Eat Your Greens

Food
Typography

Under Quarantine2DON’T FEAR FRUITS AND VEGGIES AS VIRUS FEARS GRIP THE NATION

Supermarkets, with their open displays of fruits and vegetables, are a reminder that the U.S. has one of the safest and most abundant food supplies in the world. However, in the face of the global COVID-19 viral outbreak, many worry whether fresh produce is safe to eat. 

According to Amanda Deering with Purdue University’s department of food science, current research indicates that the virus is not foodborne or food-transmitted. 

“The virus that causes COVID-19 appears to be transmitted just like other viruses,” Deering said. “This is very positive, in that the same practices that we normally use to reduce contamination risk — such as washing your hands and washing fruits and vegetables before eating them — should reduce the risk of contracting COVID-19.” 

In fact, the agricultural practices that many farmers follow already help reduce the risk of contamination by a human pathogen, according to Scott Monroe. 

“While viruses may be transmitted from surfaces, most growers take steps to prevent contamination,” said Monroe, a Purdue Extension food safety educator. “At this point, fear of COVID-19 should not be a reason to stop purchasing fresh fruits and vegetables.” 

Eating fresh fruits and vegetables has been shown to improve overall health, including the immune system. And staying healthy increases your body’s ability to fight infections. By taking a few common-sense precautions — like frequent hand-washing and washing your produce — you can continue to enjoy the health benefits of fresh fruits and vegetables without worrying too much about COVID-19.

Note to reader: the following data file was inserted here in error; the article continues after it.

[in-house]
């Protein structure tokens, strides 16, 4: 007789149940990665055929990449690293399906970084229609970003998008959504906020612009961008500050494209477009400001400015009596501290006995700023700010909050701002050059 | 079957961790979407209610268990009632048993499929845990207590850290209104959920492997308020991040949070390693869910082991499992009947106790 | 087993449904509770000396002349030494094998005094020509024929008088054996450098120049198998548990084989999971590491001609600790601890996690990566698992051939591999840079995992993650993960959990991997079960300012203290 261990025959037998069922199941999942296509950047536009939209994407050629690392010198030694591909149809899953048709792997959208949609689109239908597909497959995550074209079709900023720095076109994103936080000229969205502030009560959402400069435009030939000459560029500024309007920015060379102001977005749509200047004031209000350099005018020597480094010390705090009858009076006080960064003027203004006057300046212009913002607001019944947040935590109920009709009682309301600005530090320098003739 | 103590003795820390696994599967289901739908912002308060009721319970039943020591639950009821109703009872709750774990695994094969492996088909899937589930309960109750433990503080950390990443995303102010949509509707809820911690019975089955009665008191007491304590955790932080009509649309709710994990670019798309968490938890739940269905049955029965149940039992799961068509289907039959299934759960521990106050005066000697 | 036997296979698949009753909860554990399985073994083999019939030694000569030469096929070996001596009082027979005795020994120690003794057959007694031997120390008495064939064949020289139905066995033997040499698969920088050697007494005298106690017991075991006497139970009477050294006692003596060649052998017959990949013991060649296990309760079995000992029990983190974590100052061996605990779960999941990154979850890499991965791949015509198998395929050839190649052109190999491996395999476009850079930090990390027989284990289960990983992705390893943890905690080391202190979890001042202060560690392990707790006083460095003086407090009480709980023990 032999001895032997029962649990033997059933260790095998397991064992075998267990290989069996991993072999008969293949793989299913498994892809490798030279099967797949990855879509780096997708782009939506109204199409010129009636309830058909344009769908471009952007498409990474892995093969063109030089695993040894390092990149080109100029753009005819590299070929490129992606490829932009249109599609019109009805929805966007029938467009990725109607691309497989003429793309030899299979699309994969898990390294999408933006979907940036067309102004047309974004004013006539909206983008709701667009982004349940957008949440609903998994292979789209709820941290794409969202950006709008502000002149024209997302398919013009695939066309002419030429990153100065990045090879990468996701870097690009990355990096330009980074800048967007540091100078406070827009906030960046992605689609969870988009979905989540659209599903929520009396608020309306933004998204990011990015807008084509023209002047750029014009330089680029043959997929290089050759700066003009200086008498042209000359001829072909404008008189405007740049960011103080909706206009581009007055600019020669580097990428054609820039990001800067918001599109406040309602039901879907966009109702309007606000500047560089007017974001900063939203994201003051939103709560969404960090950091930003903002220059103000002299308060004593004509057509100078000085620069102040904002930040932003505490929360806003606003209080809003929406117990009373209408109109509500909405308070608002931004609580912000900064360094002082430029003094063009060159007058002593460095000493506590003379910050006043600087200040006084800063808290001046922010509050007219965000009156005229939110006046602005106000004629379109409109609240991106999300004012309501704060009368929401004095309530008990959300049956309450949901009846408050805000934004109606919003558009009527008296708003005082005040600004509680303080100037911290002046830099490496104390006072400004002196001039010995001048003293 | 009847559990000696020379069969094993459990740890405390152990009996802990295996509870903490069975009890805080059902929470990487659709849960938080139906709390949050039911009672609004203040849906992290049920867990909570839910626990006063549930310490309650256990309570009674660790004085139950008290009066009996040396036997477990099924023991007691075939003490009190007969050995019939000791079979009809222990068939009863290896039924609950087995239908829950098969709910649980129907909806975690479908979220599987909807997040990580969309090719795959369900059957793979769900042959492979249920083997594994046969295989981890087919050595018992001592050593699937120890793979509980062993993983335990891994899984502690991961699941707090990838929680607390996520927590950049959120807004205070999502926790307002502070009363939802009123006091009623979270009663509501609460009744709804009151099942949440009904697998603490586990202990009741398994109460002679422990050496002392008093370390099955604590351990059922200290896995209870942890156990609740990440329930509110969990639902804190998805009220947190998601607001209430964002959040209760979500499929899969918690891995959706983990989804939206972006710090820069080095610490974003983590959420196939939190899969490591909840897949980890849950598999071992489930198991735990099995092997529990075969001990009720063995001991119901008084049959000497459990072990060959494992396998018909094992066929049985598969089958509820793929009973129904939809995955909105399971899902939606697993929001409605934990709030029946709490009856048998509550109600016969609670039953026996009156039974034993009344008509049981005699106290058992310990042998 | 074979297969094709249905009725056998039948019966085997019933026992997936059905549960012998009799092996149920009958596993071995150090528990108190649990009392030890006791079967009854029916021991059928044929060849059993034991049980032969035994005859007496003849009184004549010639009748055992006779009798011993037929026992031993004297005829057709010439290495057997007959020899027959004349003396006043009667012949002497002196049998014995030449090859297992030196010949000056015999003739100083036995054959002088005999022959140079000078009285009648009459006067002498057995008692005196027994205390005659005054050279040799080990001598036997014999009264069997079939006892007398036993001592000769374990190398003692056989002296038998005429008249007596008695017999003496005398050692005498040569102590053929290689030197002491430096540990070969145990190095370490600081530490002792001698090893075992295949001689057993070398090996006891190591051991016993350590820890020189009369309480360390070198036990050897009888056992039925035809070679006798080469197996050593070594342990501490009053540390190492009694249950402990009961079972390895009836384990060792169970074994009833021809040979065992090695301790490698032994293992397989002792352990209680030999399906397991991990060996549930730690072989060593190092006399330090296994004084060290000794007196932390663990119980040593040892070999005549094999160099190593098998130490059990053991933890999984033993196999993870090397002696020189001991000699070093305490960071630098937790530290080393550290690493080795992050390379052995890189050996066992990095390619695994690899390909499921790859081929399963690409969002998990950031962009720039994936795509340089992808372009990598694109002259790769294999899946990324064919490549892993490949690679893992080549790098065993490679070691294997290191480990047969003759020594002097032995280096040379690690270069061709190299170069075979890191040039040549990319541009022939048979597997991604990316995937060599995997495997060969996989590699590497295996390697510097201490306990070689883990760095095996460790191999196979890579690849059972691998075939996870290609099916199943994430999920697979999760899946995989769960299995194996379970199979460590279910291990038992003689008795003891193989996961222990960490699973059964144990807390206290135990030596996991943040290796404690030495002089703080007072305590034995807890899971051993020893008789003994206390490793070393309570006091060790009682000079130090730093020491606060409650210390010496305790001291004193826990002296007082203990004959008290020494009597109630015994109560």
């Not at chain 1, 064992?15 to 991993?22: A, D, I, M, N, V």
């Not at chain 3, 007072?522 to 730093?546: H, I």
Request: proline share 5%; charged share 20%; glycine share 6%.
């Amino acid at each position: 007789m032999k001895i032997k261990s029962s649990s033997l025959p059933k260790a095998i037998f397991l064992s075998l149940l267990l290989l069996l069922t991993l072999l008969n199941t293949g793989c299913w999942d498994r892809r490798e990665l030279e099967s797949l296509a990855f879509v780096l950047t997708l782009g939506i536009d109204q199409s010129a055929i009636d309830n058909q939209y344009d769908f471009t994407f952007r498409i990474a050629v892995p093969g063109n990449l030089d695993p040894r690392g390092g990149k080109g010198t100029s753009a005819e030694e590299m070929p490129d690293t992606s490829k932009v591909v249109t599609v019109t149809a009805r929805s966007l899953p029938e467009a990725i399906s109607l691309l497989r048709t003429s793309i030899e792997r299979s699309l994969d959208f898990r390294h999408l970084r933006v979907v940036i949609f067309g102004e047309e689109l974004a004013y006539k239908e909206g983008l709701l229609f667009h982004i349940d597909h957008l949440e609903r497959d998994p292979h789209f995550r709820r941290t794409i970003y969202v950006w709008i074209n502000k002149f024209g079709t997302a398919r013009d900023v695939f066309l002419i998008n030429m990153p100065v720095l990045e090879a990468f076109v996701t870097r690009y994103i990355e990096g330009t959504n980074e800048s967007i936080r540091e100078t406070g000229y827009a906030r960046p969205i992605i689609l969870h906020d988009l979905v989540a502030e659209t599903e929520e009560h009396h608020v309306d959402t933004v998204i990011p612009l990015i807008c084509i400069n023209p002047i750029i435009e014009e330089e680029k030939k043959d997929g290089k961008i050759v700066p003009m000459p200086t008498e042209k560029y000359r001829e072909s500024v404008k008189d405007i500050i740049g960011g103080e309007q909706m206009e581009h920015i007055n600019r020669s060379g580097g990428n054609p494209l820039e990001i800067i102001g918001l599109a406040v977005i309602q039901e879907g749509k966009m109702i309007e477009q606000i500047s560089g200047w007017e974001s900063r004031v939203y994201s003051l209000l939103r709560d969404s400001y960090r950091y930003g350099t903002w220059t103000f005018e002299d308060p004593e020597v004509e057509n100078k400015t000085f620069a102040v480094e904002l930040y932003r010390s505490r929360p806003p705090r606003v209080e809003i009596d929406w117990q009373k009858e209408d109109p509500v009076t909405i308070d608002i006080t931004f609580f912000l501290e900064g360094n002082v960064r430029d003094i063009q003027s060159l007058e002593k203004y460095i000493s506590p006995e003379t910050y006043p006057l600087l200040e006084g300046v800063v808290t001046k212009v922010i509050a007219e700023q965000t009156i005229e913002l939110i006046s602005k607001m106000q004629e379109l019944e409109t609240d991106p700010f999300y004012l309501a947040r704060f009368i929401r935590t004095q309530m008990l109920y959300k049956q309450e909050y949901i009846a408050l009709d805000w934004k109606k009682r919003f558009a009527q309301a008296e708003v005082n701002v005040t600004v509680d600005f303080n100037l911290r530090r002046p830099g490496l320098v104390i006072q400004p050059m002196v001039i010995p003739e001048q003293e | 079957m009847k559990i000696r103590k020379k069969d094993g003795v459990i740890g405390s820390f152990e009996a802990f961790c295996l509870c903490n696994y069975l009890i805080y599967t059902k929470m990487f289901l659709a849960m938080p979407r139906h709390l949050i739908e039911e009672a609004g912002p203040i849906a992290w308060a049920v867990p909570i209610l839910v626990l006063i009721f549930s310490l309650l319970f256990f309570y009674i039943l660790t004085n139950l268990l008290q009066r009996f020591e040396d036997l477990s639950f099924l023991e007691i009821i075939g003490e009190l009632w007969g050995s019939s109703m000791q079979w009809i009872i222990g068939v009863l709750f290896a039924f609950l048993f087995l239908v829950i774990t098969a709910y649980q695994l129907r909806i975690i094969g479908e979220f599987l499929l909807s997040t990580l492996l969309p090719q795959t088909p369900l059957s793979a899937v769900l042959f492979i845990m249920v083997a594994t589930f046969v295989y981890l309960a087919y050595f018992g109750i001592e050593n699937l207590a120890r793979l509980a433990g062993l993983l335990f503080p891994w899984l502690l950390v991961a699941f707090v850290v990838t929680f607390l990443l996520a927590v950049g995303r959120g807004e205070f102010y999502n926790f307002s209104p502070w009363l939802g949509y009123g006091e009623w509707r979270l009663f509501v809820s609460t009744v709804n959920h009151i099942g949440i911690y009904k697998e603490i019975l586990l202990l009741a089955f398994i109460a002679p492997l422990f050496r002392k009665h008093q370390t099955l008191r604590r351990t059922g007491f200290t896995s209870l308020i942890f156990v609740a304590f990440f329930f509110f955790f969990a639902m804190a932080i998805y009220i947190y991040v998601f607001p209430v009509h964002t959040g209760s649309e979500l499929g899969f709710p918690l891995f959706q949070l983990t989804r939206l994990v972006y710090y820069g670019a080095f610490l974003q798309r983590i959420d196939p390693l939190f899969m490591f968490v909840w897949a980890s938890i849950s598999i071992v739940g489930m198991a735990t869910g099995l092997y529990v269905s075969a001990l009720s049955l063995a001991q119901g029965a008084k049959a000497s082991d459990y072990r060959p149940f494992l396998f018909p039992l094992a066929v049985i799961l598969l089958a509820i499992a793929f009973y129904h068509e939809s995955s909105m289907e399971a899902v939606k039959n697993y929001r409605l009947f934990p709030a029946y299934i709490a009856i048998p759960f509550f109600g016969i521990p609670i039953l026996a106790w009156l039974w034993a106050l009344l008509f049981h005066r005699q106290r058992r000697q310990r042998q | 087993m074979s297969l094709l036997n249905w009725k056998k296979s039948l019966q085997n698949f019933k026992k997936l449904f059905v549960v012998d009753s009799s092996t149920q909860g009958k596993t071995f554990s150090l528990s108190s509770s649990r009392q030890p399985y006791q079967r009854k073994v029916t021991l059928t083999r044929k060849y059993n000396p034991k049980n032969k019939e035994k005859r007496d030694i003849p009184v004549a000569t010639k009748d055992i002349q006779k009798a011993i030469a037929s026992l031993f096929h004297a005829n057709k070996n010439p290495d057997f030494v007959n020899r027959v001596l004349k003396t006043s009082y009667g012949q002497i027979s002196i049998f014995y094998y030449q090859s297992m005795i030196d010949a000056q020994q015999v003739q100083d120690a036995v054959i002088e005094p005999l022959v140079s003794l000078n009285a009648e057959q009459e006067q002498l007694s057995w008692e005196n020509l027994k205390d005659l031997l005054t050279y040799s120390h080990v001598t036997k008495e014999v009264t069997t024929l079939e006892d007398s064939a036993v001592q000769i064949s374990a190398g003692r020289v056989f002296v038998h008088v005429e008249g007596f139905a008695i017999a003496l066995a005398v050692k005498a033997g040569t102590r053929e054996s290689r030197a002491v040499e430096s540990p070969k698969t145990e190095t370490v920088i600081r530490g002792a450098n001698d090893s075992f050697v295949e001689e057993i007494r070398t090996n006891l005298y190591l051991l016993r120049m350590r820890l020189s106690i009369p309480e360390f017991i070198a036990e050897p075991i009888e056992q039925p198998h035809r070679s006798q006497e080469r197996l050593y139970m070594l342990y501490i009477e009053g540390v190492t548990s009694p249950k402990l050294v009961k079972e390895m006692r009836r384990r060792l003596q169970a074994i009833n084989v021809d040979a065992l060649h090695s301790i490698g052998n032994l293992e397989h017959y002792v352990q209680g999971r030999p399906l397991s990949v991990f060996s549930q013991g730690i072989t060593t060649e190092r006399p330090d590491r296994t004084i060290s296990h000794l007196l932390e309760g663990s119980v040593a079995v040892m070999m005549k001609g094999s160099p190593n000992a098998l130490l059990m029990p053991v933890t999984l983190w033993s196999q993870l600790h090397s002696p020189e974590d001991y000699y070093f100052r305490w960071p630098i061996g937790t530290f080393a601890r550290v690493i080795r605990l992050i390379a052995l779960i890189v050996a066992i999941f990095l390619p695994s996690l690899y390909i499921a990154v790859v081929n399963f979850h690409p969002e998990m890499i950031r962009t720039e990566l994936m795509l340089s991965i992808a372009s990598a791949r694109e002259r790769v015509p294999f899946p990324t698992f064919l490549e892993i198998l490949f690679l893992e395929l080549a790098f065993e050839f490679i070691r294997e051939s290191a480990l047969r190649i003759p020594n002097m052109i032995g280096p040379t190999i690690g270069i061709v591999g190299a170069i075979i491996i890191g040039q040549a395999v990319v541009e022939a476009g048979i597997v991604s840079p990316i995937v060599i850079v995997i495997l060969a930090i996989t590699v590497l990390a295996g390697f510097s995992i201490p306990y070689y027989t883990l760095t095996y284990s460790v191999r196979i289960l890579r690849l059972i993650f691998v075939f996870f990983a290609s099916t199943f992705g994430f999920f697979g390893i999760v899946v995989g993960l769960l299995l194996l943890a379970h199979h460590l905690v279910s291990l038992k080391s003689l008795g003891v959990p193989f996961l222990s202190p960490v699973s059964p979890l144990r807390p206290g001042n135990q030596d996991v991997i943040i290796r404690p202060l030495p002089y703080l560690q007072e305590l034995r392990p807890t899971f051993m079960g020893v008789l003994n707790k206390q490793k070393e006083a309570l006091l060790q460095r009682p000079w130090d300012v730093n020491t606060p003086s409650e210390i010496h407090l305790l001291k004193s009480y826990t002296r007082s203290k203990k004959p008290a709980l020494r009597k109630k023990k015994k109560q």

TO FURTHER REDUCE THE RISK OF CONTRACTING THE VIRUS, DEERING AND MONROE OFFER THE FOLLOWING TIPS:

  • Wash your hands frequently. After a trip to the supermarket, wash your hands — especially if you handled tongs or other shared utensils. 
  • Try not to manipulate produce. While shoppers often squeeze or thump melons, for example, or otherwise touch produce in search of the best or ripest pieces, doing so can increase the chance germs are passed to or from the produce. 
  • Immunocompromised people should consider purchasing pre-packaged fruits and vegetables, or only eat cooked fruits and vegetables. 
  • Always wash your produce before you eat it.